Tennis star Naomi Osaka declared she would not participate in press conferences prior to the 2021 French Open. Reactions to her refusal were filled with anger and criticism. In a deleted tweet, Roland Garros posted images of athletes doing press work with the text, “They understood the assignment.” Early reporting provided lip-service to Osaka’s concern for her own mental health while emphasizing other players, such Rafael Nadal, disagreed with her. Similarly, tennis icon Billie Jean King criticized Osaka for avoiding media since the press helps build the sport. Others characterized her as a self-centered, childish millennial unwilling to sacrifice like other athletes. And after assessing a $15,000 fine for not meeting contractual media obligations, she was further threatened with suspension from other major tournaments.
Such strong reactions suggest her actions are of sociological importance. Moreover, Osaka is not the first athlete to trigger a punitive response for prioritizing themselves over obligatory media duties. Marshawn Lynch of the Seattle Seahawks refused to say more than “I’m here so I won’t get fined” during a press conference before the 2015 NFL Super Bowl to avoid a $500,000 fine; he was fined $75,000 for not speaking to the media following the NFC Championship game. When athletes like Osaka and Lynch protest against an unfair or unhealthy condition of their employment, it is an industrial action—a protest over labor or broader social conditions. Industrial actions, like these, are struggles between workers and employers over institutional power.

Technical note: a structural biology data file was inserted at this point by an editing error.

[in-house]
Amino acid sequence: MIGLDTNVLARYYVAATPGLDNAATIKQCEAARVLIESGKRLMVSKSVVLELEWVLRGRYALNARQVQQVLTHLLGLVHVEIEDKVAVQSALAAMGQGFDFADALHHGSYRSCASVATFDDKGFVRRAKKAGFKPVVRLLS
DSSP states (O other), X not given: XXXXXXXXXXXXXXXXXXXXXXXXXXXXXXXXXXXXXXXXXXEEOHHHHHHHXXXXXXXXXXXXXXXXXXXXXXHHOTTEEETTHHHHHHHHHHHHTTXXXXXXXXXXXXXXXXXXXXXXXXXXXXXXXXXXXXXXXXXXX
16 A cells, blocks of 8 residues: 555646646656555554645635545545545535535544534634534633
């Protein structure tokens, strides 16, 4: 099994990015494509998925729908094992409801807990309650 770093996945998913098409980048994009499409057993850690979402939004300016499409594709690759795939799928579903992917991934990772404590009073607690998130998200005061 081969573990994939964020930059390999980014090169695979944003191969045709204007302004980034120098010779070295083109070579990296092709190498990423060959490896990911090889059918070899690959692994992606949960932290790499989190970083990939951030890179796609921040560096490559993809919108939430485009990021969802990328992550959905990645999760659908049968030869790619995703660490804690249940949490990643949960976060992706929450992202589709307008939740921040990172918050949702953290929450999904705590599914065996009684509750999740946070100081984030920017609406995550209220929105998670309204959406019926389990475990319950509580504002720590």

Some observers responded that women athletes are treated differently in press conferences than men and Black athletes receive intensified press scrutiny. Sexism and racism are realities, but the punitive reaction from professional tennis and the media suggests that there are additional dimensions in the reaction to Osaka and other Black athletes that choose to avoid press conferences. Specifically, this illustrates employers’ lack of concern for workers’ health and the cost workers must bear to advocate for their own interests in the workplace, which is magnified by the dynamics of gender and race.